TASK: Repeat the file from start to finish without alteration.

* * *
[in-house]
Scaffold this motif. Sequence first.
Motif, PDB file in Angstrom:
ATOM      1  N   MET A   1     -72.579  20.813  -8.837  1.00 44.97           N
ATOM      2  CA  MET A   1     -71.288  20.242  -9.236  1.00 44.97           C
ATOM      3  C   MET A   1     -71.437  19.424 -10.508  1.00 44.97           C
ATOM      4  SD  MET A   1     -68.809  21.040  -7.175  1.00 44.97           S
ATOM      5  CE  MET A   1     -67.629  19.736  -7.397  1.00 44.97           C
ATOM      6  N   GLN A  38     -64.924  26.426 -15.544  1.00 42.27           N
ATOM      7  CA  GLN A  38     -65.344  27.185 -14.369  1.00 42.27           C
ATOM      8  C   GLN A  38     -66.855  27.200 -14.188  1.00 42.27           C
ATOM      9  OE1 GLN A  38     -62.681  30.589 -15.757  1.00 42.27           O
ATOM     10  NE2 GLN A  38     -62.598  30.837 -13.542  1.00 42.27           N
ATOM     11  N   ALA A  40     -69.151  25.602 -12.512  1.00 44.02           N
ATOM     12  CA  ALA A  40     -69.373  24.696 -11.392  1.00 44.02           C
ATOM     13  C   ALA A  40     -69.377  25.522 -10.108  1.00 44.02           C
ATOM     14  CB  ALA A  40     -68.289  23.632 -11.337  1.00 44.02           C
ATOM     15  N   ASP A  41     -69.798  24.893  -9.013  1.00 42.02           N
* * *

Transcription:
[in-house]
Scaffold this motif. Sequence first.
Motif, PDB file in Angstrom:
ATOM      1  N   MET A   1     -72.579  20.813  -8.837  1.00 44.97           N
ATOM      2  CA  MET A   1     -71.288  20.242  -9.236  1.00 44.97           C
ATOM      3  C   MET A   1     -71.437  19.424 -10.508  1.00 44.97           C
ATOM      4  SD  MET A   1     -68.809  21.040  -7.175  1.00 44.97           S
ATOM      5  CE  MET A   1     -67.629  19.736  -7.397  1.00 44.97           C
ATOM      6  N   GLN A  38     -64.924  26.426 -15.544  1.00 42.27           N
ATOM      7  CA  GLN A  38     -65.344  27.185 -14.369  1.00 42.27           C
ATOM      8  C   GLN A  38     -66.855  27.200 -14.188  1.00 42.27           C
ATOM      9  OE1 GLN A  38     -62.681  30.589 -15.757  1.00 42.27           O
ATOM     10  NE2 GLN A  38     -62.598  30.837 -13.542  1.00 42.27           N
ATOM     11  N   ALA A  40     -69.151  25.602 -12.512  1.00 44.02           N
ATOM     12  CA  ALA A  40     -69.373  24.696 -11.392  1.00 44.02           C
ATOM     13  C   ALA A  40     -69.377  25.522 -10.108  1.00 44.02           C
ATOM     14  CB  ALA A  40     -68.289  23.632 -11.337  1.00 44.02           C
ATOM     15  N   ASP A  41     -69.798  24.893  -9.013  1.00 42.02           N